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Dividend Policy

Chapter Objectives:
At the end of this lesson, you should be able to:

Define dividend policy


Understand the implication of the Dividend & Financing Decision
Understand the relevance of dividend policy theories
Identify the Factors influencing dividend policy (The Practical Considerations)
Demonstrate how Dividends act as a signal to investors

Definition
The dividend policy of a business involves the establishment of general principles
and guidelines that govern how much and what proportion of company earnings
should be paid out as dividend and how much should be retained as earnings.
The dividend policy affects the total shareholder return and therefore shareholder
wealth.
The dividends a company pays may be treated as a signal to investors. A company
needs to take account of different clienteles of shareholders in deciding what
dividends to pay.
The Dividend & Financing Decision
For any company, the amount of earnings retained within the business has a direct
impact on the amount of dividends. Profit re-invested as retained earnings is profit
that could have been paid as a dividend. This is the dividend versus internal financing
decision.
Dividend Policy Theories
Residual Theory
A 'residual' theory of dividend policy can be summarised as follows.
If a company can identify projects with positive NPVs, it should invest in them
Only when these investment opportunities are exhausted should dividends be paid
Traditional View/Theory
The 'traditional' view of dividend policy, implicit in our earlier discussion, is to focus on
the effects on share price. The price of a share depends upon the mix of dividends,
given shareholders' required rate of return, and growth.
Irrelevancy Theory
In contrast to the traditional view, Modigliani and Miller (MM) proposed that in a taxfree world, shareholders are indifferent between dividends and capital gains, and the
value of a company is determined solely by the 'earning power' of its assets and
investments.
MM argued that if a company with investment opportunities decides to pay a
dividend, so that retained earnings are insufficient to finance all its investments, the
shortfall in funds will be made up by obtaining additional funds from outside sources.
In answer to criticisms that certain shareholders will show a preference either for high
dividends or for capital gains, MM argued that if a company pursues a consistent
dividend policy, 'each corporation would tend to attract to itself a clientele consisting
of those preferring its particular payout ratio, but one clientele would be entirely as
good as another in terms of the valuation it would imply for the firm'.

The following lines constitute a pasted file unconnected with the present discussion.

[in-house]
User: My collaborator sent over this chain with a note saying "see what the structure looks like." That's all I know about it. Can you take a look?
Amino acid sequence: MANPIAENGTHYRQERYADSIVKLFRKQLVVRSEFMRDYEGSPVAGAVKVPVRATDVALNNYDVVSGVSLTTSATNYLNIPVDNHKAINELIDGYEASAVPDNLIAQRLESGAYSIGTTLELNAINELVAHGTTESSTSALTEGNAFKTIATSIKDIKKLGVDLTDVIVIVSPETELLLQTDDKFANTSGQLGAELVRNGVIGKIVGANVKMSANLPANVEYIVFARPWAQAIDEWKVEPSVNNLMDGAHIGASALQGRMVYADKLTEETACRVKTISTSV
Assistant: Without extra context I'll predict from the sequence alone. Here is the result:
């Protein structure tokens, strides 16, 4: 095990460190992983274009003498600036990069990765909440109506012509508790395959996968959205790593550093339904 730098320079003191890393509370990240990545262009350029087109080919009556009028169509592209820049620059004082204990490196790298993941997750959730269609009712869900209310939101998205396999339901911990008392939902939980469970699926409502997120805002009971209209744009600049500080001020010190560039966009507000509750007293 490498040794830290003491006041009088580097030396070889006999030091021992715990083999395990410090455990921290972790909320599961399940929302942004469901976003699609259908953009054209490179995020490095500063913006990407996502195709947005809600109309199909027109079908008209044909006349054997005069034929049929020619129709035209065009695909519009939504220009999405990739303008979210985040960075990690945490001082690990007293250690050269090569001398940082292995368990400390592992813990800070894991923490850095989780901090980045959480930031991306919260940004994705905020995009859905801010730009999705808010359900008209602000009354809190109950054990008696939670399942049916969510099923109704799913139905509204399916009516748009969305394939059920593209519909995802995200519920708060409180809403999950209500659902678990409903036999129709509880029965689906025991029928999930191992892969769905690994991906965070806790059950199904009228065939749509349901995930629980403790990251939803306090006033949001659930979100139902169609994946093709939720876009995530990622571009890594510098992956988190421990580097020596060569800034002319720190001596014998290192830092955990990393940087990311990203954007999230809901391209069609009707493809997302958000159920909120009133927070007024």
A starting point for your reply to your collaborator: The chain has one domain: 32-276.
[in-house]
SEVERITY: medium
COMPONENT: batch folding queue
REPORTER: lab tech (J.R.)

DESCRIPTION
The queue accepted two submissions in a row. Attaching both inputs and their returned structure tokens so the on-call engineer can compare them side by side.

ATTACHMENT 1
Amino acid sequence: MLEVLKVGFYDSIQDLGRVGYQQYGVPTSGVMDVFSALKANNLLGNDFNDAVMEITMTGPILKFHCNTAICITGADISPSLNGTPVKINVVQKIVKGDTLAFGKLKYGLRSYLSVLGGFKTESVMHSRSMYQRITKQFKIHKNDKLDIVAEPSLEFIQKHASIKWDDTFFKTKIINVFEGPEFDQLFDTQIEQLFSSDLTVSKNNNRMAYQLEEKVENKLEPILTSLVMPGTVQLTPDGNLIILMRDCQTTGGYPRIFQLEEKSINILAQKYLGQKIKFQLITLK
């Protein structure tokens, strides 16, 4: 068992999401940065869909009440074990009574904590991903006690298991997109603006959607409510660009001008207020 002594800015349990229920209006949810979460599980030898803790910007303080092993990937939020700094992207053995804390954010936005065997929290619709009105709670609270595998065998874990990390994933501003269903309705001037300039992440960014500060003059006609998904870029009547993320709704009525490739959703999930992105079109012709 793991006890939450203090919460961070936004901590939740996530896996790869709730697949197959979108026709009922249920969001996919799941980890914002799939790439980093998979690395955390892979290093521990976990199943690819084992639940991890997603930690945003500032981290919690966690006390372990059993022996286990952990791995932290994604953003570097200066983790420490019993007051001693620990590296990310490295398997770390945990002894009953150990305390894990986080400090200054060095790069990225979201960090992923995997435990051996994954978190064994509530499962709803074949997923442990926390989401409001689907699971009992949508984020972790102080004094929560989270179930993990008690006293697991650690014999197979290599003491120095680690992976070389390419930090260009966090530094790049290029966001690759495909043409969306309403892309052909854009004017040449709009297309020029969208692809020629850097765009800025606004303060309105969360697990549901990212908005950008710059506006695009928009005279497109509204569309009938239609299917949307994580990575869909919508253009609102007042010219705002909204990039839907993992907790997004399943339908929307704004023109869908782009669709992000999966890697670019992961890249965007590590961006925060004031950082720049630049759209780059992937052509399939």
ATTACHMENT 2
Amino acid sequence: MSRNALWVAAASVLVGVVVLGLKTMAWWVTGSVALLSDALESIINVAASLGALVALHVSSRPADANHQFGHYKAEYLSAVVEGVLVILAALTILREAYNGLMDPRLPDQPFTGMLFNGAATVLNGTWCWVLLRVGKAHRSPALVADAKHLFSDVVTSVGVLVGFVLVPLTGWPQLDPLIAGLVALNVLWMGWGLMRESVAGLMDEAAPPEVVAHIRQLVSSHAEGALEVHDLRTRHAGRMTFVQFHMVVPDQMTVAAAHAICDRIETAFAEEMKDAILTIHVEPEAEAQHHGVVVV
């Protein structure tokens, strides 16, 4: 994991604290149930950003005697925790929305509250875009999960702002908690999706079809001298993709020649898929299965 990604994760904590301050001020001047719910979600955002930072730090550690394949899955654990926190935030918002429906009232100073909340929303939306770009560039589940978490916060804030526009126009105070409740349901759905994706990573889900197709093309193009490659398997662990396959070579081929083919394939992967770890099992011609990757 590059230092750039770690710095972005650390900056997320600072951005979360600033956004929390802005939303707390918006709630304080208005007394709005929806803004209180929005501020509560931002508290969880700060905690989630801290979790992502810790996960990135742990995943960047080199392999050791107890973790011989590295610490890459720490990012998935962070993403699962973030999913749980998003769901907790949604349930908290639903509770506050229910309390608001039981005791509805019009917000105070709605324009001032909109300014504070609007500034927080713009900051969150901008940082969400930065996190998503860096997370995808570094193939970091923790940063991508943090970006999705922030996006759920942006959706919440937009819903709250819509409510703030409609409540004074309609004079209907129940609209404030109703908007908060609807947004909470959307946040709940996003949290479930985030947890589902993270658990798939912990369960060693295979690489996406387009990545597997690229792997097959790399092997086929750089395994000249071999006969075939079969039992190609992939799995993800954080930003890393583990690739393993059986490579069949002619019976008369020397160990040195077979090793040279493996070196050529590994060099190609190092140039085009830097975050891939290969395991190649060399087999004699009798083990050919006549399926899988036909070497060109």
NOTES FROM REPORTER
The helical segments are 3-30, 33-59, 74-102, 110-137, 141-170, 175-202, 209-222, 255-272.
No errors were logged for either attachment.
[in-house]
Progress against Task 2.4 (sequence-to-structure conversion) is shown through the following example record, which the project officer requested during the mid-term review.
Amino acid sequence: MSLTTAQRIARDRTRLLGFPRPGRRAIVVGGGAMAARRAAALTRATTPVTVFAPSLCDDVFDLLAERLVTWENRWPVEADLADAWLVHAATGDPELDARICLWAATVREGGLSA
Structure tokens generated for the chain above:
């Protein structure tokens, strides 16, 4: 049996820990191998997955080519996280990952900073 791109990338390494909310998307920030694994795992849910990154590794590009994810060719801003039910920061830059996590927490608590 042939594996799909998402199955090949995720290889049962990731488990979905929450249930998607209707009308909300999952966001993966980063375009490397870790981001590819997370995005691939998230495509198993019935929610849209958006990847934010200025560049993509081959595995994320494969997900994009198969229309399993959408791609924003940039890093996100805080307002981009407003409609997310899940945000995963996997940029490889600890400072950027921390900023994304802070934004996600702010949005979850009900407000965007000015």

Factors influencing dividend policy (The Practical Considerations)


When deciding upon the dividends to pay out to shareholders, one of the main
considerations of the directors will be the amount of earnings they wish to retain to
meet financing needs. The decision on how much of a company's profits should be
retained, and how much paid out to shareholders, will also be influenced by:
(a) The need to remain profitable (Dividends are paid out of profits, and an
unprofitable company cannot for ever go on paying dividends out of retained profits
made in the past).
(b) The law on distributable profits (A Companies Act may make companies bound to
pay dividends solely out of accumulated net realised profits.
(c) The government may impose direct restrictions on the amount of dividends
companies can pay
(d) Any dividend restraints that might be imposed by loan agreements.
(e) The effect of inflation, and the need to retain some profit within the business just
to maintain its operating capability unchanged.
(f) The company's gearing level (If the company wants extra finance, the sources of
funds used should strike a balance between equity and debt finance).
(g) The company's liquidity position (Dividends are a cash payment, and a company
must have enough cash to pay the dividends it declares).
(h) The clientele effect: Investors in equity can be placed into different clientele
groups (those who prefer dividends and those who prefer capital gains). The dividend
preference theory holds that investors prefer dividends because they are more
certain than the retention of earnings that may not result in capital gains or higher
dividends in the future.
(i) The ease with which the company could raise extra finance from sources other
than retained earnings (Small companies which find it difficult to raise finance might
have to rely more heavily on retained earnings than large companies).
(j) The signalling effect of dividends to shareholders and the financial markets in
general.
Dividends as a signal to investors
Although the market would like to value shares on the basis of underlying cash flows
on the company's projects, such information is not readily available to investors. But
the directors do have this information. The dividend declared can be interpreted as a
signal from directors to shareholders about the strength of underlying project cash
flows.
Investors usually expect a consistent dividend policy from the company, with stable
dividends each year or, even better, steady dividend growth. A large rise or fall in
dividends in any year can have a marked effect on the company's share price.
Stable dividends or steady dividend growth are usually needed for share price
stability. A cut in dividends may be treated by investors as signalling that the future
prospects of the company are weak and the share price may fall.
The signalling effect of a company's dividend policy may also be used by
management of a company which faces a possible takeover. The dividend level
might be increased as a defence against the takeover: investors may take the
increased dividend as a signal of improved future prospects, thus driving the share
price higher and making the company more expensive for a potential bidder to take
over.
THE END